Recently, the South Koreans have claimed that the fatal sinking of one of their military vessels was due to foul play from the North Koreans. While we wait for more solid evidence to this effect from the South Koreans, it seems they have come up with their own unique way to get back at Dear Leader Kim Jong-il's strange play acting. It turns out that, in the absence of a solid telecommunications infrastructure, North Korea relies on South Korea to provide a retransmission of international broadcasts of the World Cup. So, if South Korea really wants to turn the screws into North Korea, it's "no World Cup football for you, murderous regime."
If this is true it will have to go down as one of the strangest sanctions threats in the history of international politics, if it even qualifies as a sanctions threat. Is there a demand attached, or is this mere retaliation? And could this possibly have a real effect on politics within the DPRK, or on relations between the North and South? I doubt it, but I suppose stranger things have happened.
Gize? Srsly. South Africa is not a continent. But if it were it wouldn't be South America. Unless, as Deadspin notes, South Africa just won a war that nobody knew about. Come on, people! It's almost World Cup time! Time to start figuring out where other places are! We've only got a month!
Thursday, May 13, 2010
(click on image for bigger version)
A few days ago I posted on the recent report that U.S. tax receipts as a percentage of national income are at their lowest point in the past 60 years, although the reason why isn't perfectly clear. I also suggested that this fact may surprise many Americans. Surely this OECD report, showing that the U.S. also has one of the lowest tax burdens among advanced industrialized countries, would be more expected.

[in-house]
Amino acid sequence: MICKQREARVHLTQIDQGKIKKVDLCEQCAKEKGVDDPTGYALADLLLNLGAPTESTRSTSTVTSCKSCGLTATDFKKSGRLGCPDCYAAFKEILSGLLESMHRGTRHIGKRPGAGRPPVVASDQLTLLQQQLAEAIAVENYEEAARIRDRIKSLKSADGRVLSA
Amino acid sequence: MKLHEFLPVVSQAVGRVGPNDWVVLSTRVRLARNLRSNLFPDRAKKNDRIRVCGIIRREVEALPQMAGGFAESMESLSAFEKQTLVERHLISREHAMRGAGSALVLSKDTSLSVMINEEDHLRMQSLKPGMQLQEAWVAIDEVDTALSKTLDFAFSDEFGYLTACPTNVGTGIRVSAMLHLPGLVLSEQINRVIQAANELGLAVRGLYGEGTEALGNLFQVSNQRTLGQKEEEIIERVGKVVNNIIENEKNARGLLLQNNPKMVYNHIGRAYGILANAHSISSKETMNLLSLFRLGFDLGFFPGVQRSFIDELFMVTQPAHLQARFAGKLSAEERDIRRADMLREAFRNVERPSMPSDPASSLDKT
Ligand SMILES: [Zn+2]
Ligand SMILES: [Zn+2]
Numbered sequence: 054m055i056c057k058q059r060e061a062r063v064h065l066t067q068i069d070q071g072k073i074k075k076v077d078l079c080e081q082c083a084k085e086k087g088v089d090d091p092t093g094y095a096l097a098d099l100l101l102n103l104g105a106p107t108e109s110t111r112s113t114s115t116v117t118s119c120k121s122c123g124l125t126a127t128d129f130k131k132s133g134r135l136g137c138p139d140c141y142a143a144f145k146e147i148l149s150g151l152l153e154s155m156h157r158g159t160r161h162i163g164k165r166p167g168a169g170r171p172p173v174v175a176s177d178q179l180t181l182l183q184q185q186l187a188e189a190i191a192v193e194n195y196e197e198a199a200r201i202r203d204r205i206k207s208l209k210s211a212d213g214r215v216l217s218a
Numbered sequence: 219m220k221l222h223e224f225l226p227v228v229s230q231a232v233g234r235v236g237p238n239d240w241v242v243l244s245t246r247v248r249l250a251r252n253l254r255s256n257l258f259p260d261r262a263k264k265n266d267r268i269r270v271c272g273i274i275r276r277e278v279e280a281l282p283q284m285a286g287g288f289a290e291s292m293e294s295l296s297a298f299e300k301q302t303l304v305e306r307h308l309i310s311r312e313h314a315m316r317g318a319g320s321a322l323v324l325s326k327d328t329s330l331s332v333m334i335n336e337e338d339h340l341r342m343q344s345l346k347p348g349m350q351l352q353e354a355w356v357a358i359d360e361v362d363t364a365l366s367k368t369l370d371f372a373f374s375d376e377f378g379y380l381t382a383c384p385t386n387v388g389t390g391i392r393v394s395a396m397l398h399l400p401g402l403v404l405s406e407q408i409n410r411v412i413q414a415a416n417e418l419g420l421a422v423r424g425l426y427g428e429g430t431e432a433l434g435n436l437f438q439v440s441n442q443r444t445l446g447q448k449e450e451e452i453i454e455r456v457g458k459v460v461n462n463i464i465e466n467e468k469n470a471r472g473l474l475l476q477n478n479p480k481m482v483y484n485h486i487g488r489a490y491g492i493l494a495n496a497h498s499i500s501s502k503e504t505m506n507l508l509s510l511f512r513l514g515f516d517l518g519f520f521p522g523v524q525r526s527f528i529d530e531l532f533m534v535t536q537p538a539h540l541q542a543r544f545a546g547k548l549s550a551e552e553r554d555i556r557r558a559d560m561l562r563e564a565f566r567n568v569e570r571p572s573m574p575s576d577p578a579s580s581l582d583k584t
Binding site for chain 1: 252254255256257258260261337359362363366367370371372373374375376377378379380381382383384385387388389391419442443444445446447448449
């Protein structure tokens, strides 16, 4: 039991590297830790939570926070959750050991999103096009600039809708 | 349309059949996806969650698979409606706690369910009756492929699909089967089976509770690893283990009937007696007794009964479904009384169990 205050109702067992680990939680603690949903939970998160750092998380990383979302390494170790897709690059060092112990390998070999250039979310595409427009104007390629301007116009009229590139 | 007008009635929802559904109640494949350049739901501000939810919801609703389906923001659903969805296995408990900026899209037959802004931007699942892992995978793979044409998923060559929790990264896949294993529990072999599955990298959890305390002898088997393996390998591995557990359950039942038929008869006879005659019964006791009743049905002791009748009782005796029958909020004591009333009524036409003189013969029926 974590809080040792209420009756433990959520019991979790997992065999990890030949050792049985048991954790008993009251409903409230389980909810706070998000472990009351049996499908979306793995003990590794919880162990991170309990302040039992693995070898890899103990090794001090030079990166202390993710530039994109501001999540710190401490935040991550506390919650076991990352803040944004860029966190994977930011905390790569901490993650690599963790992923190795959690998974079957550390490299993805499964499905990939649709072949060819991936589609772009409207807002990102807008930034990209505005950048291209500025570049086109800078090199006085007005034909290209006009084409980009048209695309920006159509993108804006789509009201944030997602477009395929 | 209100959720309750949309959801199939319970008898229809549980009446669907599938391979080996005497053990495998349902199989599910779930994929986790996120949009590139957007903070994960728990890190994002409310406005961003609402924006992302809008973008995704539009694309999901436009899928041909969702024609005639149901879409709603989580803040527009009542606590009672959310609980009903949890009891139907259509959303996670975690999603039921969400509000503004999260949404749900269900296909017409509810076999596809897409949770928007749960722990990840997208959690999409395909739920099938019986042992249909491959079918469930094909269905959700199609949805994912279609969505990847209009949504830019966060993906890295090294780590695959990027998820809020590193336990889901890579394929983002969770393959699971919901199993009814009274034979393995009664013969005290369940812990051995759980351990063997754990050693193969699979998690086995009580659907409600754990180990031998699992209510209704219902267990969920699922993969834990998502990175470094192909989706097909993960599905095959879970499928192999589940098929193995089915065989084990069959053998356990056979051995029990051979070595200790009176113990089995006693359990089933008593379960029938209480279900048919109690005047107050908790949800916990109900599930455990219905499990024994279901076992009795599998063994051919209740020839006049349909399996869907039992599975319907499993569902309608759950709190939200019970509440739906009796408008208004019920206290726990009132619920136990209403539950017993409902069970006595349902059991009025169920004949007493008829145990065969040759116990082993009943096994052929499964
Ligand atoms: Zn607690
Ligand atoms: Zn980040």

I don't have much to add to this, except to note that this gives the U.S. room to move in coming decades. We can afford to raise taxes if needed to balance the budget, pay down debt, or finance welfare programs as the country continues to age. Perhaps that is one reason why U.S. sovereign debt is still so affordable. However, this also may indicate that the country does not have the political will to accept higher taxation in order to finance debt and a larger welfare state.
How did I not know that this existed?
Tuesday, May 11, 2010
Who says formal theory has no relevance to real life? Apparently Liberal Democrats have been using game theory to model potential negotiations over the formation of a government for at least several months. After the election, but before Cameron and Clegg came to terms, Tony Price tried to model those negotiations:
Game theory says you need to understand your "outside options": what the alternative to a deal with this group is. How well you do depends on how good you can make all the outside options. Here's a go at the decision tree Clegg faces. ...
The logic of my version is:
- A deal with Labour now is unlikely to deliver PR, which is what would make it worthwhile from LD's point of view
- A deal with Tories will not deliver PR
- A Tory minority government risks giving Tories a majority in 9 months and missing the historic moment
- Clegg will be very tempted to do a deal with the Tories with inbuilt failure so that LD's can return to a PR negotiation with other parties in 9 months
- Present that deal as stesman-like: "The economic crisis demands it, and I will not make the country suffer for PR ... but once the economy is on the mend, I will insist on my PR reward"
Price came up with the game tree below.
Not bad, as it has turned out.
UPDATE: Apparently the embed of the game tree isn't working perfectly. It is here.